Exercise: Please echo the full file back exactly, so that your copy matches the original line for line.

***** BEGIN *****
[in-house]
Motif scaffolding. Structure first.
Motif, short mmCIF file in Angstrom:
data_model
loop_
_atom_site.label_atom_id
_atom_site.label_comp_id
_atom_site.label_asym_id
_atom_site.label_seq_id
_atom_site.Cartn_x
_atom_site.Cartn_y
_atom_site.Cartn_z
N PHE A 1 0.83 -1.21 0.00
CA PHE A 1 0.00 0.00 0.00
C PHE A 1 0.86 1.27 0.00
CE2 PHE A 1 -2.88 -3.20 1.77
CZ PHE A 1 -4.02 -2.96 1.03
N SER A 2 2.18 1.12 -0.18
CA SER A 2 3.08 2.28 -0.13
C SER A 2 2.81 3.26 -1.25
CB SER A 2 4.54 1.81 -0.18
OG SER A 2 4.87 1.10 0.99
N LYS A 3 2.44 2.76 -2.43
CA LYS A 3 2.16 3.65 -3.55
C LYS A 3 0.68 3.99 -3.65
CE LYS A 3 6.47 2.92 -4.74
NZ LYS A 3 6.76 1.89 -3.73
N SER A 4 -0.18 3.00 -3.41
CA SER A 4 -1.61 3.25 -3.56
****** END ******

[in-house]
Motif scaffolding. Structure first.
Motif, short mmCIF file in Angstrom:
data_model
loop_
_atom_site.label_atom_id
_atom_site.label_comp_id
_atom_site.label_asym_id
_atom_site.label_seq_id
_atom_site.Cartn_x
_atom_site.Cartn_y
_atom_site.Cartn_z
N PHE A 1 0.83 -1.21 0.00
CA PHE A 1 0.00 0.00 0.00
C PHE A 1 0.86 1.27 0.00
CE2 PHE A 1 -2.88 -3.20 1.77
CZ PHE A 1 -4.02 -2.96 1.03
N SER A 2 2.18 1.12 -0.18
CA SER A 2 3.08 2.28 -0.13
C SER A 2 2.81 3.26 -1.25
CB SER A 2 4.54 1.81 -0.18
OG SER A 2 4.87 1.10 0.99
N LYS A 3 2.44 2.76 -2.43
CA LYS A 3 2.16 3.65 -3.55
C LYS A 3 0.68 3.99 -3.65
CE LYS A 3 6.47 2.92 -4.74
NZ LYS A 3 6.76 1.89 -3.73
N SER A 4 -0.18 3.00 -3.41
CA SER A 4 -1.61 3.25 -3.56